I also am certain that we received these comments and threats because of our gender. I’ve seen male bloggers and activists called many things online, but they are usually non-gender specific insults, such as ‘naive hippy’, ‘dirty hippy’, or even ‘d***head’ (yep, internet trolls are such wordsmiths). I have never once seen a man told he should shut up because he’s ugly and no one wants to sleep with him.

Looking back, I think the threats did make me more nervous about expressing my opinions about certain subjects too strongly online, and caused me to take a more softly-softly approach. People abuse and harass in this way because they want someone to shut up, and I’m sad to say that, for me, it worked for a while.

But now, hearing all the women speaking out recently has been really inspiring, and made me realise how important it is that we keep exposing these cowards (because that is what they are) and don’t waste our precious time getting distracted and engaging in discourse with them and, most importantly, don’t let them shut us up. If we want to change all those awful stats, like the fact 4/5 MP’s are still male, then we need to rally against this because I strongly believe it is putting young women off engaging in politics, writing and campaigning.

I’m not sure if censorship/ greater moderation is the answer. The internet is too wild a beast to tame, plus shutting these people up often adds fuel to their fire, causing them to shout “but it’s my freeeeeeeedom of speeeeeeeech, you evil fascist censors!”. I also think taking away anonymity is a massively dark pathway that we really don’t want to walk down. However, I think some kind of ‘naming and shaming’ blog to post abusive comments on could be good, if only to show other women who are receiving harassment that they’re not alone and to provide help and support.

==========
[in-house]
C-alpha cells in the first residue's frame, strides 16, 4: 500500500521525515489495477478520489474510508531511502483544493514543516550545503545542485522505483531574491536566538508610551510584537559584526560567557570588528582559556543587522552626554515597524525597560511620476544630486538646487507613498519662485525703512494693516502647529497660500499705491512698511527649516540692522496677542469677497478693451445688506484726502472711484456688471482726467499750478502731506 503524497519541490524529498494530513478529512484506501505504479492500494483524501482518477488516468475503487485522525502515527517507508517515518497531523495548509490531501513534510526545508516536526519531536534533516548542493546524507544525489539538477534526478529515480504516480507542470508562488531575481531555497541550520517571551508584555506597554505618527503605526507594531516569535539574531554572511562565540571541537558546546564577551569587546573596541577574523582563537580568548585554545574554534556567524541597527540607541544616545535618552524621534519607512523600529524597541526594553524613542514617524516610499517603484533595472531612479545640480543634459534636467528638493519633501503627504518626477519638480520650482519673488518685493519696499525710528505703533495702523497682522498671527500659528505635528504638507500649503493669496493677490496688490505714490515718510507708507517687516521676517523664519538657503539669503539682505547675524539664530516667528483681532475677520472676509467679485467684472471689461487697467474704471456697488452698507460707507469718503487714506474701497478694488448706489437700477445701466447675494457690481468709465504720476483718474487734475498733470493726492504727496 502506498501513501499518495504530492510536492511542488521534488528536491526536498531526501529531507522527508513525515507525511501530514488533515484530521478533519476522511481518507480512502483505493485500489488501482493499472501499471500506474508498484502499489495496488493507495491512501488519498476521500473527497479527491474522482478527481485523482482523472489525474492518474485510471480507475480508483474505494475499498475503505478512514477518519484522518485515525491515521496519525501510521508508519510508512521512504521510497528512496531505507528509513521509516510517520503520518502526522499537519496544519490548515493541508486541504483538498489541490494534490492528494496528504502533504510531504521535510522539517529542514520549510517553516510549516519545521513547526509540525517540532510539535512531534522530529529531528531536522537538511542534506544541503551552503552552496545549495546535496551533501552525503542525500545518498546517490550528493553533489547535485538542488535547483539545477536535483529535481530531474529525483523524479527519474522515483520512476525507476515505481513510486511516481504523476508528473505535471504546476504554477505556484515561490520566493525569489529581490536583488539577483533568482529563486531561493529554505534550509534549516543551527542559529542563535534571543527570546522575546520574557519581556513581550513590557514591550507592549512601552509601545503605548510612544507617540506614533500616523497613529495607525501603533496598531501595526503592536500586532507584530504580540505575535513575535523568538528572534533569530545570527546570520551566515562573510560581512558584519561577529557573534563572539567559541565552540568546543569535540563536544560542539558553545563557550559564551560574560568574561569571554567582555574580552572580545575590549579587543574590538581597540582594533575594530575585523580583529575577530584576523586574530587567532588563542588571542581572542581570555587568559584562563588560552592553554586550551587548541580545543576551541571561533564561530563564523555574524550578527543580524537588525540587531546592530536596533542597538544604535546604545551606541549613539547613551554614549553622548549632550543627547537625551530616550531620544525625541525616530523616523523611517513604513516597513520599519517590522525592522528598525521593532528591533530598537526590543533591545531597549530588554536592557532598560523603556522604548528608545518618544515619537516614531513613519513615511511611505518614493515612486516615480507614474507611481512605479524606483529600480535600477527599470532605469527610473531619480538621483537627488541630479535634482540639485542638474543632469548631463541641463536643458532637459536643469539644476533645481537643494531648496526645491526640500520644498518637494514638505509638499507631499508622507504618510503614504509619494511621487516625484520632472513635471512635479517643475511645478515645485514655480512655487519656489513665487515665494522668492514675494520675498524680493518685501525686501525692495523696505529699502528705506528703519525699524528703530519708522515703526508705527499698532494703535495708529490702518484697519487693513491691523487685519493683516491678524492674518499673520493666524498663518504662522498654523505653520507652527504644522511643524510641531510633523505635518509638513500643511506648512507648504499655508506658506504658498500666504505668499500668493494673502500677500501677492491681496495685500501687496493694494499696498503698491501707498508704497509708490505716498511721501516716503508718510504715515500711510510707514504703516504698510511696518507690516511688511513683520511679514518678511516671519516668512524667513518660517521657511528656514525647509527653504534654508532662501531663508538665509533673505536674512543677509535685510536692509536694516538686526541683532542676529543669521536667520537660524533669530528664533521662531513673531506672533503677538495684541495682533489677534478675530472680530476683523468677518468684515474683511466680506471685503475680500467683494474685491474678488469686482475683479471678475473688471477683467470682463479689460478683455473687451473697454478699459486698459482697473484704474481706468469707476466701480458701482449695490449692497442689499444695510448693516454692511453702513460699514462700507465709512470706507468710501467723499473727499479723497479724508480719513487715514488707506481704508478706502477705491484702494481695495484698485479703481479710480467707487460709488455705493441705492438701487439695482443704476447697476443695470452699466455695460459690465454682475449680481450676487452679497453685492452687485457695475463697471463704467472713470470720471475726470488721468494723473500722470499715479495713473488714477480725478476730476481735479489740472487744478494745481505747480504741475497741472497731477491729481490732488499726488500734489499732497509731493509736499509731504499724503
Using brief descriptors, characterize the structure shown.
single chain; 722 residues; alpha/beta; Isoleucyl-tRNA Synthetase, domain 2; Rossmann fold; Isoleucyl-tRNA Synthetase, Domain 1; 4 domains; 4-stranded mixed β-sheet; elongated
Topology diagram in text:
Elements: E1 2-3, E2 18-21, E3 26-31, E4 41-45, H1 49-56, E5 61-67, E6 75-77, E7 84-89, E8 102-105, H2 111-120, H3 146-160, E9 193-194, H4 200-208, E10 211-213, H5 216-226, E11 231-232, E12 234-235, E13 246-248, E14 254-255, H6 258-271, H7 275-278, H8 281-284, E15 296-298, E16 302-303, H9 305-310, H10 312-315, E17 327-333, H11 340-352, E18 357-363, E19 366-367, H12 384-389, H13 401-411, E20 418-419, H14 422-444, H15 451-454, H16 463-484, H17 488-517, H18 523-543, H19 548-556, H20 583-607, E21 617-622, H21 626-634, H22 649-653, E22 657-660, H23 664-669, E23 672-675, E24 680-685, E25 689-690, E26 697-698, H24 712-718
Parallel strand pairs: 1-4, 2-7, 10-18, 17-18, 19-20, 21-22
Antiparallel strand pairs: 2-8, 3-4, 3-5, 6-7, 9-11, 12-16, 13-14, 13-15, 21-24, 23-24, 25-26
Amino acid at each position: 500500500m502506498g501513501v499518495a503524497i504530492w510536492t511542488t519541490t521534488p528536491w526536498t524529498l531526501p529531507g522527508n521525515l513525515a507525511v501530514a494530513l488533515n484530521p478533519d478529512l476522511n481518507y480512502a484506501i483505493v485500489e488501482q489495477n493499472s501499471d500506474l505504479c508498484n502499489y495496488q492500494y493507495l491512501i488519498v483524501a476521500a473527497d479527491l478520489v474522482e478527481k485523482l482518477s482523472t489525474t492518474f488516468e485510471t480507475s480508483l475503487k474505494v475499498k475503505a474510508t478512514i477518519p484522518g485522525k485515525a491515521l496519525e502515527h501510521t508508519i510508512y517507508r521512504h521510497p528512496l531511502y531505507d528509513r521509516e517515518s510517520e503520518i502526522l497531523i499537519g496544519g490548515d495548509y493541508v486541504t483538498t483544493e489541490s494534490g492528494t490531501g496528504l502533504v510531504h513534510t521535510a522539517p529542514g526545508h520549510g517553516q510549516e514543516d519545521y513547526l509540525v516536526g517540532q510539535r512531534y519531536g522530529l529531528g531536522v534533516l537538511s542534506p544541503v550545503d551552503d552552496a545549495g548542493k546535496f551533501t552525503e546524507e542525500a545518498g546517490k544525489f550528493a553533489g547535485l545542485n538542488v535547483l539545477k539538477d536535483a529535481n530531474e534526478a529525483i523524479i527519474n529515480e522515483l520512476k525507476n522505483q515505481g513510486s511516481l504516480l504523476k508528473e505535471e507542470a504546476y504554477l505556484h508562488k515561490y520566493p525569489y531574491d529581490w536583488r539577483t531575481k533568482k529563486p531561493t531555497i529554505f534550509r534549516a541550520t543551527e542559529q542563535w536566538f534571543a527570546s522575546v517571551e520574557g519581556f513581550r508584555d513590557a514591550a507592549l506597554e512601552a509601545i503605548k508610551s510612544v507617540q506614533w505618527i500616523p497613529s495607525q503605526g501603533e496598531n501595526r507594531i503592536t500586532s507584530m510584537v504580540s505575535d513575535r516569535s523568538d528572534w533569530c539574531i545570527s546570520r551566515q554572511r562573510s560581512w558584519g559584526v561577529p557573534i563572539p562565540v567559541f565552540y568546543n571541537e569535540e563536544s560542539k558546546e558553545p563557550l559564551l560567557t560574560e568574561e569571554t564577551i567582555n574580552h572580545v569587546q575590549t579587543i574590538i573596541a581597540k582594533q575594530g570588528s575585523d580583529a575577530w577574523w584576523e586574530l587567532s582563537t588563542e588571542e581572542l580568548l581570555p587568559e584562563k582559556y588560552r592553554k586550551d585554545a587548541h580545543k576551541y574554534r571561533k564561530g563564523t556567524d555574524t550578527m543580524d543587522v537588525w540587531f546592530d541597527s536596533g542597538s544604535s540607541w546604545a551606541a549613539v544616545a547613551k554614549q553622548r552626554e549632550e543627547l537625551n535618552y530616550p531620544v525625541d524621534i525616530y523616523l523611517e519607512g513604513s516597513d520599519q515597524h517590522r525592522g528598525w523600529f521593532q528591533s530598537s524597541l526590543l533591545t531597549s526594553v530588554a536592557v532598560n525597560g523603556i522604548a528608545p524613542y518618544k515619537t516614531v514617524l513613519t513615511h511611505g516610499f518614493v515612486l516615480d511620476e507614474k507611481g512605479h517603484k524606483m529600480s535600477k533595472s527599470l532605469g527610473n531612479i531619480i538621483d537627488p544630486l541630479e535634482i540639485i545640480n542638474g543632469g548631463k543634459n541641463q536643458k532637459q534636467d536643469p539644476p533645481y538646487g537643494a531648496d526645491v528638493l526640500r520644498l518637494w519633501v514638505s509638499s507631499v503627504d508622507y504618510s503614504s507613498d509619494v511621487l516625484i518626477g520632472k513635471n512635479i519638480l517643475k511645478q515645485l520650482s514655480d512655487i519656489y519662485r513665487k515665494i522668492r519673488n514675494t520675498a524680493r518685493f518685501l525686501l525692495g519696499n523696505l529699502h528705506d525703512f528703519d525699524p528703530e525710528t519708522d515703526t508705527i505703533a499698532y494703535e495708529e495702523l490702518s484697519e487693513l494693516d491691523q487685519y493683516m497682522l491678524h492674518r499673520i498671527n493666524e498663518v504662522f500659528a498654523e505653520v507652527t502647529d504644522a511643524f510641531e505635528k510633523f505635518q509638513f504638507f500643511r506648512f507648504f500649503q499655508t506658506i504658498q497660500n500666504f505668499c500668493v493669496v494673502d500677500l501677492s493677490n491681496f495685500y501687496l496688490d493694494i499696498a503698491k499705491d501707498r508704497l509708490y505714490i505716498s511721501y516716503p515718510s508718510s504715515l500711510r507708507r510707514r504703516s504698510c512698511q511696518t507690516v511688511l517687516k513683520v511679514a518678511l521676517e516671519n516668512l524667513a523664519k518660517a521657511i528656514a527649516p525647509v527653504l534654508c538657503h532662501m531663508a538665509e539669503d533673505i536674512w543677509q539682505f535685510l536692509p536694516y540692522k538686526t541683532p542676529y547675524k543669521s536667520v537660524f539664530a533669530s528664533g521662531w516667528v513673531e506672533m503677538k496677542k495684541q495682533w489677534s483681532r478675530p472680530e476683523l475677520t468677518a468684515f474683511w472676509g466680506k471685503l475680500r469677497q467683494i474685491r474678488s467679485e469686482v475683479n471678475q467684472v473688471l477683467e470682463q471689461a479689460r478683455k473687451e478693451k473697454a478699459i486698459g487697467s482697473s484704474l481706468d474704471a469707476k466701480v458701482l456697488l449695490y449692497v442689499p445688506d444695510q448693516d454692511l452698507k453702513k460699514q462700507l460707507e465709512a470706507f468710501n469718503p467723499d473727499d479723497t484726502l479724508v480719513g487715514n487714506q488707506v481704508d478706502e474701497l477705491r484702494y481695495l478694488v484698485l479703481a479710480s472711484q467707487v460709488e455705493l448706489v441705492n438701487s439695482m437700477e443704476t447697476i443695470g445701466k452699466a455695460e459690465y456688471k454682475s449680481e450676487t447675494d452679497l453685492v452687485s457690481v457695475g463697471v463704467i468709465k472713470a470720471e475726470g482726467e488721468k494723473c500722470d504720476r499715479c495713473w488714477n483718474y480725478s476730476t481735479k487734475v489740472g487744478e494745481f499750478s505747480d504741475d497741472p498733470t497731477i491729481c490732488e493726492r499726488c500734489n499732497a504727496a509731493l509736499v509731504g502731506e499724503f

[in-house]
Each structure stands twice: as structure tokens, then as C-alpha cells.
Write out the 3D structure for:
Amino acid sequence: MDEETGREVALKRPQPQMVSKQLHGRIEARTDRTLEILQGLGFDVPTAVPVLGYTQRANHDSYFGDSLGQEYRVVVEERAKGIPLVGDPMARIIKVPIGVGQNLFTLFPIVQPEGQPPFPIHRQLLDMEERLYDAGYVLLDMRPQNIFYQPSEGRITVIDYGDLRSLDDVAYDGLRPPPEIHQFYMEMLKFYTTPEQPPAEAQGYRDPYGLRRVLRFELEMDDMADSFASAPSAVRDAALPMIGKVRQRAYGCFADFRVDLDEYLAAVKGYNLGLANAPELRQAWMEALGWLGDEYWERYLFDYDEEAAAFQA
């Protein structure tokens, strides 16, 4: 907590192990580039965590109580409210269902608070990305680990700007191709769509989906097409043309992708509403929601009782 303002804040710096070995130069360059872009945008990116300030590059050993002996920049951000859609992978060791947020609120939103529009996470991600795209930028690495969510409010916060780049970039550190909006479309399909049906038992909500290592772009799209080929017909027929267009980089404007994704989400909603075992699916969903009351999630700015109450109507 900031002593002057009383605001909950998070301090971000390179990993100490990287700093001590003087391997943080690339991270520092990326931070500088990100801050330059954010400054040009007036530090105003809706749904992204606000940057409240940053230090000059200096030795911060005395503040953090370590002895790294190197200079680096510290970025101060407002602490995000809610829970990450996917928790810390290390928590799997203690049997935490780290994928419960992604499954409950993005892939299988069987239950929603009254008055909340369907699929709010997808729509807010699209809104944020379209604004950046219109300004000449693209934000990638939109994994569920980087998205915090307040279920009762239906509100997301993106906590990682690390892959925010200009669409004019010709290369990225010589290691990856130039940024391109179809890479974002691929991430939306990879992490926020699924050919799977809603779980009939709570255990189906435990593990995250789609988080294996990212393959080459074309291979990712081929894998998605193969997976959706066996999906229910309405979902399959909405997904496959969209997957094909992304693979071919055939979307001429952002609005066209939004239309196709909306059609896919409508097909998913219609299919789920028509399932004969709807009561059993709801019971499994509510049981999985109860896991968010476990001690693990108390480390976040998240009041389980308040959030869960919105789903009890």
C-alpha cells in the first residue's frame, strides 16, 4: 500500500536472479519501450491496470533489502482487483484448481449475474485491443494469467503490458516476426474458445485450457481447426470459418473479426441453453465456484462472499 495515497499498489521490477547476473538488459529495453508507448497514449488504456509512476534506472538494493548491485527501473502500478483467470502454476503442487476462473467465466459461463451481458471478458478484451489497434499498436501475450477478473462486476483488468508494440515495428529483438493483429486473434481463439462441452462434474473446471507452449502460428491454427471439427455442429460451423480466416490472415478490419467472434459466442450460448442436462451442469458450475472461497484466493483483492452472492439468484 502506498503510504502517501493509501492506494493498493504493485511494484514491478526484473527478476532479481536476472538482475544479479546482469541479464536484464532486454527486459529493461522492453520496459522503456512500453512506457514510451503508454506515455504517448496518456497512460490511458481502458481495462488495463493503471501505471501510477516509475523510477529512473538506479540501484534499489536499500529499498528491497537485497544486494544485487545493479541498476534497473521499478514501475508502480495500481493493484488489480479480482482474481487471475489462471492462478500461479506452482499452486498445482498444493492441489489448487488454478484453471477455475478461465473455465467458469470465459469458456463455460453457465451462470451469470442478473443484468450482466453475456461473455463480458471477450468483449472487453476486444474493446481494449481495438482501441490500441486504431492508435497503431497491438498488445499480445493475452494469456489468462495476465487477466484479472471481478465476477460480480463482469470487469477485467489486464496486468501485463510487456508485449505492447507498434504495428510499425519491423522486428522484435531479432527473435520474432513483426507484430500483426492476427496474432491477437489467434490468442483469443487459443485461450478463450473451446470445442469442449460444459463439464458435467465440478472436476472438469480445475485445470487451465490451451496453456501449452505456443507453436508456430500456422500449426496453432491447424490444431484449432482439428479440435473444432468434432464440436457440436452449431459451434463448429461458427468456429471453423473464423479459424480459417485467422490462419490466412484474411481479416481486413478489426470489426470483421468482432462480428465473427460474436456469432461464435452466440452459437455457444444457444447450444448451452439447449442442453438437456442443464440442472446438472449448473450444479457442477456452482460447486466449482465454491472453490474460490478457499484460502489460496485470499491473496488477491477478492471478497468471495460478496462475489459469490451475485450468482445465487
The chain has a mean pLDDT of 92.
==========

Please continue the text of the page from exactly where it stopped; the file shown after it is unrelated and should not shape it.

Some people have suggested that the women speaking out at present are ‘belittling’ the abuse the abuse that men receive. This isn’t the case – I am sure some prominet male campaigners and writers receive some very nasty stuff. But this is a subject we can only talk about our own personal experiences of and, in my case, the worst abuse I have received is gender-based, so this is what I am going to talk about. If you are a male activist/ blogger fed up with the harassment you receive, then by all means blog about it, write about it, tweet about it – no one is stopping you!

All in all, I think the best way to beat these trolls is to ignore them, carry on writing, working together and supporting each other until we become a force and voice significantly stronger than them. Hopefully our voices will one day drown out theirs.